Women are more likely than men to dismiss chest pain that signals heart problems and to delay seeking medical help, even though heart disease is a leading cause of death for both women and men, according to a Harvard School of Public Health (HSPH) expert.
Studying patients with suspected coronary artery disease who were about to undergo their first coronary angiogram, Catherine Kreatsoulas, Heart and Stroke Foundation research fellow at HSPH, and colleagues found that women appear more likely than men to have “optimism bias”—thinking they’re less at risk for bad health outcomes than they really are. This bias may keep them from seeking timely medical attention and could worsen their condition, according to Kreatsoulas.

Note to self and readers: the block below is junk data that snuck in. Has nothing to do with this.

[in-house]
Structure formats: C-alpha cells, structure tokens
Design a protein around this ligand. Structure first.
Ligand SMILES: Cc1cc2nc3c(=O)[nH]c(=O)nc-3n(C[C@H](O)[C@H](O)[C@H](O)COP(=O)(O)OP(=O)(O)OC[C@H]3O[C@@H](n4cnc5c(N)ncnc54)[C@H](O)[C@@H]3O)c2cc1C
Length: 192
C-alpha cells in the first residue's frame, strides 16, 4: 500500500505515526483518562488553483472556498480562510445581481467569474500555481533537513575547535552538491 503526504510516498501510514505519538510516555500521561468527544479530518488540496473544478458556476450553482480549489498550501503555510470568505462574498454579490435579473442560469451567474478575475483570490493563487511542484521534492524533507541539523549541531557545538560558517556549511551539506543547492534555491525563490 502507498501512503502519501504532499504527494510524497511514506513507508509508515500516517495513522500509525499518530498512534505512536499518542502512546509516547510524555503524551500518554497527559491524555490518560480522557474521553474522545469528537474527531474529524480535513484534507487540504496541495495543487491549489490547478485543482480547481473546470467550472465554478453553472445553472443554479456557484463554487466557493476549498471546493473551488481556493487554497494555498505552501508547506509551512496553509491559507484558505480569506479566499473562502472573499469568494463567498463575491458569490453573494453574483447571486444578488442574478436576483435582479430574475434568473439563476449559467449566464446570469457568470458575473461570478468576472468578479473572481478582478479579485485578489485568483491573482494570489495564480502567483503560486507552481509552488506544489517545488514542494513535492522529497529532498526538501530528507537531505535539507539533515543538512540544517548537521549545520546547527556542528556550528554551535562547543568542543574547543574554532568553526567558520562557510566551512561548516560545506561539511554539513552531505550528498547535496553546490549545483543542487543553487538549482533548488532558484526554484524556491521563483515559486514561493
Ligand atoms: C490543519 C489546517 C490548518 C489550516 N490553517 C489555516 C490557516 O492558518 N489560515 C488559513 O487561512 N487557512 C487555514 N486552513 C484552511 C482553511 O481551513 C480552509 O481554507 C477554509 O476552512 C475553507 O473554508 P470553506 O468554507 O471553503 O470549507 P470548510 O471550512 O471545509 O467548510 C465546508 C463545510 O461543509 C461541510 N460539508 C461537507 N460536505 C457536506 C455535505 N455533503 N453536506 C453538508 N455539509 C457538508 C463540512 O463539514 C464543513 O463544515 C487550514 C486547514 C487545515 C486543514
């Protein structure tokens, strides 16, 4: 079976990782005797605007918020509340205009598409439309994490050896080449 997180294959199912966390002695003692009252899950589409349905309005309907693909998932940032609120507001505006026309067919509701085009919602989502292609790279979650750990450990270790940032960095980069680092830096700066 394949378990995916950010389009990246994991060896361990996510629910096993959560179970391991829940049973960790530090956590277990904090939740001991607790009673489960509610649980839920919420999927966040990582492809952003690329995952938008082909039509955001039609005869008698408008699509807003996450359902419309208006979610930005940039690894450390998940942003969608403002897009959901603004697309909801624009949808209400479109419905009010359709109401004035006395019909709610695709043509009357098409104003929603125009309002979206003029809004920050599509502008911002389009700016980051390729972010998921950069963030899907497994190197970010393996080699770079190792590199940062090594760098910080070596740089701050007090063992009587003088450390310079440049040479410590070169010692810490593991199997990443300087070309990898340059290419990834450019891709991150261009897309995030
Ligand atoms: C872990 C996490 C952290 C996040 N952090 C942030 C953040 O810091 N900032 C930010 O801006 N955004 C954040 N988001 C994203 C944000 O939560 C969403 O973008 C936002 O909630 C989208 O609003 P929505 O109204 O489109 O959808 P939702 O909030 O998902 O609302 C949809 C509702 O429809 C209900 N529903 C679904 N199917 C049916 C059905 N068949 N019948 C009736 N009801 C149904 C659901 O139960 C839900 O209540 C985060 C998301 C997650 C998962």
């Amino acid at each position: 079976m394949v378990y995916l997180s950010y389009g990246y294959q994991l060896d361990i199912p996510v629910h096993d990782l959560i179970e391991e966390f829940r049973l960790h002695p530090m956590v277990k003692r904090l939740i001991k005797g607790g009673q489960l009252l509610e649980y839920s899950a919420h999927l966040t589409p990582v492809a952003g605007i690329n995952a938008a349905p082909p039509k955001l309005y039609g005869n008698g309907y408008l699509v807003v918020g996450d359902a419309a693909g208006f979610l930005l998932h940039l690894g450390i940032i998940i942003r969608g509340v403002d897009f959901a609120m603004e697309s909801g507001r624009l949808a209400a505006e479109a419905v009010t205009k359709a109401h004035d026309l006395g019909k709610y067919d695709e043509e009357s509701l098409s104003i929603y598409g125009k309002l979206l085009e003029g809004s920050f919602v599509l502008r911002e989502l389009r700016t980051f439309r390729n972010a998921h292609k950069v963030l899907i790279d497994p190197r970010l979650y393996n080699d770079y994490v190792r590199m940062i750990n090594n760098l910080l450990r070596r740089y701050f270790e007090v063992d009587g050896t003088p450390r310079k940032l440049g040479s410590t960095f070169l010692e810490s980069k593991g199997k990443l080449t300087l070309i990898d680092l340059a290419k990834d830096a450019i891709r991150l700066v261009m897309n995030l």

“The main danger is that when someone comes to the hospital with a more severe or advanced stage of heart disease, there are simply fewer treatment options available,” Kreatsoulas said in an Oct. 30, 2014 Huffington Post article. She said it’s possible that women are focusing more on caring for others than their own well-being, or perhaps have a false perception that heart disease is a “man’s disease.”